Right away, the first 20 miles is a gentle climb into the forest of Mount Pinos. (Better to have most of the climbing done in the beginning, than in the end.) No cactus or desert plants in these hills. Only pine forests. The air is cool. Elevation: 6,000 feet. You might spot some coyotes. They are afraid of humans, but not cyclists. (Just joking, they're afraid of us too.)
(I "borrowed" these photos from westcoastroads.com)
The 5/31/08 TDF will have a water-refill table at mile 12, and a fully-stocked reststop at Mile 20.
The next 25-mile stretch has lots of rollers at the beginning, but then it's mostly downhill into the other side of Mount Pinos. On the way down into the valley, you will notice the pine forest has thinned out, but the view is still spectacular.
The vegetation is dry, a reminder that California could not have become an agricultural powerhouse on native weather alone: Water had to be diverted from Nevada and Colorado using man-made aqueducts.
At Mile # 41 you hang a LEFT on Hwy 166 , then after 4.5 miles hang another LEFT onto Hwy 33. It's Mile # 46. You have conquered half the distance and 5,500 feet of climbing (roughly equivalent to going up GMR twice). Somehow you are still fresh. It's not yet noon.
Hwy 33 is long and dry
You're now covered 2/3d's the distance. What follows is Heartbreak. The peak is 10 miles away. It starts gently, then becomes difficult near the peak. This is where Pete, William, and Nick had their "competition" going. The young guy won, but the old stalwarts were not far behind.
Mile # 77 is the peak. Then it's 5 miles of rollers, then finally, RELIEF at Mile # 82. After that you are "basically" home free, downhilling.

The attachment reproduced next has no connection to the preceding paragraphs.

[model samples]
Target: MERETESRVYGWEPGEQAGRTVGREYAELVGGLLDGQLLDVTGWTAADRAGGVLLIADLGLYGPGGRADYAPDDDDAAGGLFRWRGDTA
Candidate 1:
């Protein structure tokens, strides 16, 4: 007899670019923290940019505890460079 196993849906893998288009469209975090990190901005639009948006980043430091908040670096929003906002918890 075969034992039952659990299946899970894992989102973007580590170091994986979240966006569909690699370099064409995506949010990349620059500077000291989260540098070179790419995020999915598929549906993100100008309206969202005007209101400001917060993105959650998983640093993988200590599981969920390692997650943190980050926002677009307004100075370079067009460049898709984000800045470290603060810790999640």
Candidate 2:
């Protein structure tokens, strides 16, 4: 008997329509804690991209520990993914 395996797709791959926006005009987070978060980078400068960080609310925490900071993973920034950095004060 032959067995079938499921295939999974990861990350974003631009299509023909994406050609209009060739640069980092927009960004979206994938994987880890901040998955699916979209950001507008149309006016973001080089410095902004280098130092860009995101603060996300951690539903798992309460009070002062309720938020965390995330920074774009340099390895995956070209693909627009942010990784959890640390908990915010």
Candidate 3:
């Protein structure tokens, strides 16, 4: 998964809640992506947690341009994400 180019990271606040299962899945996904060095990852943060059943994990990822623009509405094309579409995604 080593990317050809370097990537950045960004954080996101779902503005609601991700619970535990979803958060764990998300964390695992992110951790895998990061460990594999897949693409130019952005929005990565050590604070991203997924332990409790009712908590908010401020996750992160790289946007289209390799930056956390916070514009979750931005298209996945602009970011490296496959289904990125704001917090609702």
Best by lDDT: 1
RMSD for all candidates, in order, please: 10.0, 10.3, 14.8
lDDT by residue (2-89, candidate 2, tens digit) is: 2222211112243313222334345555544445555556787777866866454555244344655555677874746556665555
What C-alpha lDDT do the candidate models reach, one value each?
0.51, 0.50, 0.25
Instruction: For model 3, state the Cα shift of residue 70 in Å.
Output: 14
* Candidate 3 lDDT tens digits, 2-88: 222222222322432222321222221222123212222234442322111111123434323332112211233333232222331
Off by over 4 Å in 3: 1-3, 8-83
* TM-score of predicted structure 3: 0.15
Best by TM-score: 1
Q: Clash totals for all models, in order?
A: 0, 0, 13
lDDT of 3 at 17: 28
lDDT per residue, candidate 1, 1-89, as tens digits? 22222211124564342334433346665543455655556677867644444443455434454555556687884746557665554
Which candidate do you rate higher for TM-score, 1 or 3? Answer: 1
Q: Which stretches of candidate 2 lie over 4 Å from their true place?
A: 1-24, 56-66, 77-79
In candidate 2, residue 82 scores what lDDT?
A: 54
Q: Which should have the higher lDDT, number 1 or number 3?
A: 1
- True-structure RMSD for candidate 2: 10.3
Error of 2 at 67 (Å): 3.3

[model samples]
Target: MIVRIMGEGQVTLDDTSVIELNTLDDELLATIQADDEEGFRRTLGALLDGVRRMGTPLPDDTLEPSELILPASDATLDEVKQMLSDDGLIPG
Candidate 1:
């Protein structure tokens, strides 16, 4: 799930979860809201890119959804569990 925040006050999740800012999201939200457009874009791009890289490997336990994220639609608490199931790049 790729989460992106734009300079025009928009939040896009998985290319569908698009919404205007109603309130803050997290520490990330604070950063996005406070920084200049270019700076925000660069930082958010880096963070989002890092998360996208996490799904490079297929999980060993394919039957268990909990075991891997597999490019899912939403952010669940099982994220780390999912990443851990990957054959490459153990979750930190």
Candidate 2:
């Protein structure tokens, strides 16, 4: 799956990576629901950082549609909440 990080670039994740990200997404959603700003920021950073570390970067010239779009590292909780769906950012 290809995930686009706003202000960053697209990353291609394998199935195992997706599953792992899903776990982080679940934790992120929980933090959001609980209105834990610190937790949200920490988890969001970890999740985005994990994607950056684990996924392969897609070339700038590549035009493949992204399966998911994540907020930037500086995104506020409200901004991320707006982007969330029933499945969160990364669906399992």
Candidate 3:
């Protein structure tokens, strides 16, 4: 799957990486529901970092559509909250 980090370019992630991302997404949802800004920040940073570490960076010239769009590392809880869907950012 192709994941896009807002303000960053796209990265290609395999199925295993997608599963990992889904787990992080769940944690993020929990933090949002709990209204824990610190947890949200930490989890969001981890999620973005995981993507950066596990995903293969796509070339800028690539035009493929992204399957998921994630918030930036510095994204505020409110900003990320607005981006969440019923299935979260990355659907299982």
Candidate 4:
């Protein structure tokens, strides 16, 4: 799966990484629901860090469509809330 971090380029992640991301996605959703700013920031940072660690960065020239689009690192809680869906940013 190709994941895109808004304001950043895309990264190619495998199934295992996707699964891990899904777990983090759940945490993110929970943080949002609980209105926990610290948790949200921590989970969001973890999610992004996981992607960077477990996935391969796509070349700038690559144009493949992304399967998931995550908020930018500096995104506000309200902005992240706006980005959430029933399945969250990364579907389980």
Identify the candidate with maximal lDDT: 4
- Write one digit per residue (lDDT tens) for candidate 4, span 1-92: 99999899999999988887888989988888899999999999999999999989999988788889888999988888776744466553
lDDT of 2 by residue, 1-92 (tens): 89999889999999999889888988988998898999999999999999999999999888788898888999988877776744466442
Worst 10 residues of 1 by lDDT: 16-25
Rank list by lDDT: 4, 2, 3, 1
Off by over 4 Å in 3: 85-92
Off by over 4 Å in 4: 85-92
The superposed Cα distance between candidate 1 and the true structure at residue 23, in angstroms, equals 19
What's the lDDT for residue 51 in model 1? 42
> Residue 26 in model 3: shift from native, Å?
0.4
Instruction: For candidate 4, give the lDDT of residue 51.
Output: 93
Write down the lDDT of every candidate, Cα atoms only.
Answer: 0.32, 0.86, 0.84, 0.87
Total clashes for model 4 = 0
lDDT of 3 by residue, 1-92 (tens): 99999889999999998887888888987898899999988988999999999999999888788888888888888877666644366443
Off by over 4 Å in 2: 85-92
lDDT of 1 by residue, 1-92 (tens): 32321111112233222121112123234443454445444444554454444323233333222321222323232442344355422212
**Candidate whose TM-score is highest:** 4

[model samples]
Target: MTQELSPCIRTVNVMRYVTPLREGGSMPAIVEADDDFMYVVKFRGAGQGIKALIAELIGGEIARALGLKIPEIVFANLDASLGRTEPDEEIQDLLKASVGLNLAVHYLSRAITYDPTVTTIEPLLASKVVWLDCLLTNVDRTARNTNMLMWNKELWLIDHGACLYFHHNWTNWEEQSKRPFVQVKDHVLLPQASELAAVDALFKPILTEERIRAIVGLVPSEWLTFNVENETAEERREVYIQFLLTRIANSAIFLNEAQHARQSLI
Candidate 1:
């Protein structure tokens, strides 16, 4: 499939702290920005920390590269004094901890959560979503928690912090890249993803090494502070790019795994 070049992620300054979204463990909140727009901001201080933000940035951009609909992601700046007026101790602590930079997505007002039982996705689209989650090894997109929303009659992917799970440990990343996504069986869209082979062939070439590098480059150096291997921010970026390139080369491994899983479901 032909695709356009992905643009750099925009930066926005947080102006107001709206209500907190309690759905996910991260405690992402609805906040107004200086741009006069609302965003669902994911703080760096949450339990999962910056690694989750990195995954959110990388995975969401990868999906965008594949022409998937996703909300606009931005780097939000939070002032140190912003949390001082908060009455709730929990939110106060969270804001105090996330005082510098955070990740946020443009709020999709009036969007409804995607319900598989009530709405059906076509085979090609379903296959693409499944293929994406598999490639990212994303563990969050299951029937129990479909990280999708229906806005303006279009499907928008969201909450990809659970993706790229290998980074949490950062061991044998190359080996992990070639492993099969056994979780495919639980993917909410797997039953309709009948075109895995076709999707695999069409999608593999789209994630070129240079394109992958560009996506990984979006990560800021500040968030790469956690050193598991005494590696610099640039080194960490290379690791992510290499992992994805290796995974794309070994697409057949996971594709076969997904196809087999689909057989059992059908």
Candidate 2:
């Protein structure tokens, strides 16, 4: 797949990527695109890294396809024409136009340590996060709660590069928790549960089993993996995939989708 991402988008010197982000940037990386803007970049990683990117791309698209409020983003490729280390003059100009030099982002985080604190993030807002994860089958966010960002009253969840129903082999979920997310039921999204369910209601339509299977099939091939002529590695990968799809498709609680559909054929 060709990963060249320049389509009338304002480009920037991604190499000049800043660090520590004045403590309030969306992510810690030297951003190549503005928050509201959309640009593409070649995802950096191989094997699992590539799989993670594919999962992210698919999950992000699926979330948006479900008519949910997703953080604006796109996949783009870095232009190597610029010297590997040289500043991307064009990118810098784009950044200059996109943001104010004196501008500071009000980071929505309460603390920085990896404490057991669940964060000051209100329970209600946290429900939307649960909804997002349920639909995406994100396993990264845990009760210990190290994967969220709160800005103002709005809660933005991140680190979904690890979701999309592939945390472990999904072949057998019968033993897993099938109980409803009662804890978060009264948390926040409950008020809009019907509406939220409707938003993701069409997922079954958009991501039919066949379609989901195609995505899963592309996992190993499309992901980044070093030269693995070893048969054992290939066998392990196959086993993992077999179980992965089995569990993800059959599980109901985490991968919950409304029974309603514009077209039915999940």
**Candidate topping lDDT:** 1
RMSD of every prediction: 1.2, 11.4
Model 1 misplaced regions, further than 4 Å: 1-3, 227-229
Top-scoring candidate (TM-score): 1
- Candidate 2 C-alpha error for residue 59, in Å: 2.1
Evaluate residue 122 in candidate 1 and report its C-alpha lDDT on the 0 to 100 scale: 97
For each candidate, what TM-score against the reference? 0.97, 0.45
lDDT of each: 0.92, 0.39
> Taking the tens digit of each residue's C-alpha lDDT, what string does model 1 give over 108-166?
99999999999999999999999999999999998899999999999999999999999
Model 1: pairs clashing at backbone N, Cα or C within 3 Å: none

So, to recap: You just need to haul your sorry little ass to Mile # 77 (top of Heartbreak), then drag it across some rollers to Mile # 82. After that it's all downhill except for a 4-mile gentle climb at Mile 88.
Thursday, May 15, 2008
The latest edition of the Tour de Francis will be at Frazier Park (a new route) on May 31. The clubs that battled for supremacy last December are back to reprise their friendly rivalry: SFVBC (San Fernando) , MMCC (the orange boys of Mira Mesa) , and of course AdoboVelo. Of course there are other clubs represented.
The scenery is simply spectacular:
Photo credit: I "stole" these beautiful photos from Bernd Strahle's cycling blog La Vuelta
Below is a photo "heartbreak" hill. (That's Bernd Strahle climbing the hill). It's on Mile 80.
This is a new route for AdoboVelos (but it's familiar to anyone who has ridden PlanetUltra's "Heartbreak One-Hundred").
On May 17th, we'll do a "scouting" ride of the exact route, self-supported (no SAG support car) with tour director Francis Ignacio and other riders (Allan Messara, William Aligue, Ricky Herrera, myself). We'll give you a report after the ride. By the way, PlanetUltra will hold its Heartbreak Hundred on May 24th! So it will be a "busy" route in the next 3 weeks.
Cycling routes can be categorized into 3 types: "out-and-then-back" or "roundtrip" (where the trip back to the starting line is a re-tracing of the trip out), "loop" (where you do not go over the same roads on the return trip back to the starting line; You cannot U-Turn to shorten the ride), and "A-to-B" (where the Finish line is a different city from the Starting line, just like a Stage in Tour de France).
This new route is a loop. That means if there's no SAG cars and you get tired, you cannot just make a U-turn to shorten the ride. You have to complete the ride.
It is 100 miles long, with 8,500 feet of total climbing. In comparison, here's how it stacks up with other TdF's and popular AdoboVelo routes. It's easier than Castaic TdF, a little tougher than the Big Bear TdF.
Castaic TdF , 100 miles, 9,500 feet total climbing
Big Bear TdF, 76 miles, 6,500 feet total climbing
Balcom Cyn TdF, 80 miles, 1,000 feet total climbing
Dana Pointe, 80 miles, flat + rollers
East Fork, 80 miles, flat + rollers
Mt Baldy, 60 miles, 5,500 feet total climbing
Mt Wilson/Upper Tujunga, 60 Miles, 6,000 feet total climbing
Breathless Agony, 112 miles, 12,000 feet total climbing
We'll give you a scouting report when we're done.
“Some people like to climb a mountain. Others like to sit down and look at it.”